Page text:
“Precisely,” says Mr. Levy, jumping in. Mr. Levy, a planner, engineer and author of Rapid Transit in Toronto, A Century of Plans, Projects, Politics and Paralysis, says that great cities that have been able to sustainably expand subways kept building from the middle out (and they didn’t tunnel in low-density areas).

By not doing Queen right after Yonge, “we missed a crucial starting point for network-building. We’ve never been able to get back to a logical order,” Mr. Levy says. “Call it the Queen line, relief line, whatever, the whole GTA has needed this piece of infrastructure for decades, but politicians keep wasting scarce capital on frills and vote buying.”

“Toronto’s biggest transit problem,” says Mr. Crowley, who specializes in data analysis, travel market research and demand forecasting, “is we’ve overloaded core parts of the subway. We’d basically done that on lower Yonge 30 years ago, when I was still at the TTC. We have to relearn the importance of downtown to the whole region, the whole country. We’re in danger of killing the golden goose.”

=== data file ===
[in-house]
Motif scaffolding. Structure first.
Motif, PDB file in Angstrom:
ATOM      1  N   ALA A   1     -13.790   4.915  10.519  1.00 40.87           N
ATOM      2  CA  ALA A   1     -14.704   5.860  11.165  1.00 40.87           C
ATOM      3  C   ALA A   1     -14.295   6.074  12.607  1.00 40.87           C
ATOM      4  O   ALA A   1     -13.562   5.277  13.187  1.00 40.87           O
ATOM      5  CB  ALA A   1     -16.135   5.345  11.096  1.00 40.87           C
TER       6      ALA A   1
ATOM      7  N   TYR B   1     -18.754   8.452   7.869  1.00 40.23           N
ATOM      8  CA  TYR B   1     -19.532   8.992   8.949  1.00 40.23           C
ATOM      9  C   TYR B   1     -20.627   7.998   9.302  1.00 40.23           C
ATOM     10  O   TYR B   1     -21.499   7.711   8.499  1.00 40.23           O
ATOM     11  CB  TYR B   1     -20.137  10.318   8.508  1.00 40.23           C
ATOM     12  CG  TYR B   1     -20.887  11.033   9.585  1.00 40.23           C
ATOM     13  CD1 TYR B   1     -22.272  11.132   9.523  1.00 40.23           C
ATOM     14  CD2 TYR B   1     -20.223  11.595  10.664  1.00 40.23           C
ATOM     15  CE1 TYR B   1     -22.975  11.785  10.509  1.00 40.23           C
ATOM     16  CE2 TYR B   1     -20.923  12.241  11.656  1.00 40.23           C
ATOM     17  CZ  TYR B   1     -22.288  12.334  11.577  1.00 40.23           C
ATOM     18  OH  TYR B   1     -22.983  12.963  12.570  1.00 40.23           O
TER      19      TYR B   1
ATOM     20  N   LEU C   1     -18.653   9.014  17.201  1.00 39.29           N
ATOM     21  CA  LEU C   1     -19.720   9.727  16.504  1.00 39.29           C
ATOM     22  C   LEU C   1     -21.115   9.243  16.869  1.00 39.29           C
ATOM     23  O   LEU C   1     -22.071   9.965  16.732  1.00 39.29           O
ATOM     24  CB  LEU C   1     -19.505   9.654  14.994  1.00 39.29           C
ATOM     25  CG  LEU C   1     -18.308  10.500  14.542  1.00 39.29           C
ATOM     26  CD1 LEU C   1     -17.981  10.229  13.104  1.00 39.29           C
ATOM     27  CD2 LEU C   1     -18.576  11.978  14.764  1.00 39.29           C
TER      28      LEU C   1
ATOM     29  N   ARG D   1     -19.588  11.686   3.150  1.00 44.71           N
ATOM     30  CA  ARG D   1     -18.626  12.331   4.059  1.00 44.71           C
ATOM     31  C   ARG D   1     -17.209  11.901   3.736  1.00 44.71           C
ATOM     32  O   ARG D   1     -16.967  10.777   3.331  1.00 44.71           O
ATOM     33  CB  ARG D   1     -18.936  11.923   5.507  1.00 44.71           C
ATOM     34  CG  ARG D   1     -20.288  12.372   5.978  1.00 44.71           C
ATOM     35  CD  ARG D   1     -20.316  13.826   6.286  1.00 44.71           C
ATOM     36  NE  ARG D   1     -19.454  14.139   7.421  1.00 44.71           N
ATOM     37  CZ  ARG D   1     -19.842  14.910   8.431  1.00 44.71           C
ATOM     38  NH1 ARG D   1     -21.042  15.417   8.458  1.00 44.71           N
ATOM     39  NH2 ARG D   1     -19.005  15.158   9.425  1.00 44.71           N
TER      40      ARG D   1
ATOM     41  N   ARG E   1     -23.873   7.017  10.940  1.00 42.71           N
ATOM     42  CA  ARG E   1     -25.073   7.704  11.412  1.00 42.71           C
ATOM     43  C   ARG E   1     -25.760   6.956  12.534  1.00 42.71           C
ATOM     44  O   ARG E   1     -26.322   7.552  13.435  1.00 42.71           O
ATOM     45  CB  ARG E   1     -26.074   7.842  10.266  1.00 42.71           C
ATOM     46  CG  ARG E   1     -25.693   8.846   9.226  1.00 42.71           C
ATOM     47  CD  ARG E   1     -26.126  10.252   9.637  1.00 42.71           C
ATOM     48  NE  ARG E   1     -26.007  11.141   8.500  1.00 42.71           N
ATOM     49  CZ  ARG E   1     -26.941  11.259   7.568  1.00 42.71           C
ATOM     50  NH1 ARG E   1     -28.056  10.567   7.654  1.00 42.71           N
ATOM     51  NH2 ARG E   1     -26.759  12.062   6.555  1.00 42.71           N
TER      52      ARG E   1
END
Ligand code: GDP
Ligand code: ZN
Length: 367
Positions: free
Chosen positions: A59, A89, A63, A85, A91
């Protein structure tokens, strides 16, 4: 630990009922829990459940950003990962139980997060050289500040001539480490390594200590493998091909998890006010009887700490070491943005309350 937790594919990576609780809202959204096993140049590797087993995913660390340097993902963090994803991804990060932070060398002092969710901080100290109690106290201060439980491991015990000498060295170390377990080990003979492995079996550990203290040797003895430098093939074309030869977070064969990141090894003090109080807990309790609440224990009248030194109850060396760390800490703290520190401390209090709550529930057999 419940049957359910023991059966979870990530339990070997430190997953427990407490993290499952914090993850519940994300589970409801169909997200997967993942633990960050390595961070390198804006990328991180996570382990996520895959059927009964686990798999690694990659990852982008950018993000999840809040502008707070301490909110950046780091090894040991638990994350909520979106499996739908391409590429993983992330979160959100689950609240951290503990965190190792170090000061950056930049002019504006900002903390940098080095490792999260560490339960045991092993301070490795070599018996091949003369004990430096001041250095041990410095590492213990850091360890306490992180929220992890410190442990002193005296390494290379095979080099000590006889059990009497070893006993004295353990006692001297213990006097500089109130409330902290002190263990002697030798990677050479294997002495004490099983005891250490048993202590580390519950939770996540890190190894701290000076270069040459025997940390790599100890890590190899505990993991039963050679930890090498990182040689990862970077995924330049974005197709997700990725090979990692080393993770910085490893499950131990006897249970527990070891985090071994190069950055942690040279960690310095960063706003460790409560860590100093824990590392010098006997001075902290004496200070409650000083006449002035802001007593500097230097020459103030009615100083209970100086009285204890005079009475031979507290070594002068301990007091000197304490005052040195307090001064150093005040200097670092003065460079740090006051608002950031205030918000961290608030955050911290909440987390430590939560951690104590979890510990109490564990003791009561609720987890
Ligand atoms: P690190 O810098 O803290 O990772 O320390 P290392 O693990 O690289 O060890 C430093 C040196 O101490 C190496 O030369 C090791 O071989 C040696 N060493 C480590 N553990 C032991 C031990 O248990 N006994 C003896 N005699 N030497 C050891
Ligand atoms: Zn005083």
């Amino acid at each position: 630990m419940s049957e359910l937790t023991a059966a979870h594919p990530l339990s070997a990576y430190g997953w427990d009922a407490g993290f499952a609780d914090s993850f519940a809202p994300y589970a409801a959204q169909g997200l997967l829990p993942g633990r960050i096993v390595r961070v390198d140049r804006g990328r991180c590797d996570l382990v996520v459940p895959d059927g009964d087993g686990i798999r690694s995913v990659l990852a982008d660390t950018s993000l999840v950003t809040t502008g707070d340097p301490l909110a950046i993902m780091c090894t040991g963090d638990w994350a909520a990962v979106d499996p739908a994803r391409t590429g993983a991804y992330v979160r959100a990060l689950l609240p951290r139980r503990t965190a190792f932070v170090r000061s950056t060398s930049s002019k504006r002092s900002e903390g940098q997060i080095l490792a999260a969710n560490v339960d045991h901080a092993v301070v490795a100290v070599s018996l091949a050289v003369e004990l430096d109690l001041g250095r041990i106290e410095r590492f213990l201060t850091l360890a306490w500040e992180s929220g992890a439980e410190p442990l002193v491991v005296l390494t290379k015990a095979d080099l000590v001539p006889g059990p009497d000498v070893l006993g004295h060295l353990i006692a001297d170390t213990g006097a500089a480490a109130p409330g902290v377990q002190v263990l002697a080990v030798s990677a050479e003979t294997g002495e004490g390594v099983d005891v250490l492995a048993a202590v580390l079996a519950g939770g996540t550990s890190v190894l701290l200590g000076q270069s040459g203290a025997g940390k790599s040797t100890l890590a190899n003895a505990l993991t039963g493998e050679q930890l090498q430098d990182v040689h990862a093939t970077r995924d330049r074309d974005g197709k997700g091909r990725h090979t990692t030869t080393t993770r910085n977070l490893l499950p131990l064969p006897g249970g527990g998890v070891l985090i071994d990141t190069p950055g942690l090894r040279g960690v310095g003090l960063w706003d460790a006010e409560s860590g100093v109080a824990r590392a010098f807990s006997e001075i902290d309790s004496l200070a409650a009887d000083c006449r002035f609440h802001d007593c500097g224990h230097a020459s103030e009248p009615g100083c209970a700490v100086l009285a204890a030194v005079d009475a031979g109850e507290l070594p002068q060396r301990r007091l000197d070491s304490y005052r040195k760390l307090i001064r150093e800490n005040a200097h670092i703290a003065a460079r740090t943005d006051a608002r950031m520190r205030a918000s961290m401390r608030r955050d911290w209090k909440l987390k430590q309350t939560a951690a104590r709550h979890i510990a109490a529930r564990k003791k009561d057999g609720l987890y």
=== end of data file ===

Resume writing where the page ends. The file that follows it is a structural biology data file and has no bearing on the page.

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As predicted, it’s senior government politicians, particularly those representing the far suburbs, that try to derail proposals for tolls in the central city.  Scot found this in the Toronto Star: 

Progressive Conservative Leader Patrick Brown wants Premier Kathleen Wynne to put up a roadblock on Mayor John Tory’s plan to toll the Don Valley Parkway and the Gardiner Expressway. …
Brown, who will introduce a motion in the Legislature on Thursday to derail Tory’s scheme, said a Conservative government would make up for the lost toll revenue by managing infrastructure dollars better. Tory, who led the Conservatives between 2004 and 2009, was not amused by his successor’s announcement.
“If Patrick Brown is trying to score cheap political points in the 905, maybe he should have championed a plan to fix people’s commutes into Toronto,” Amanda Galbraith, Tory’s director of communications, said in an email.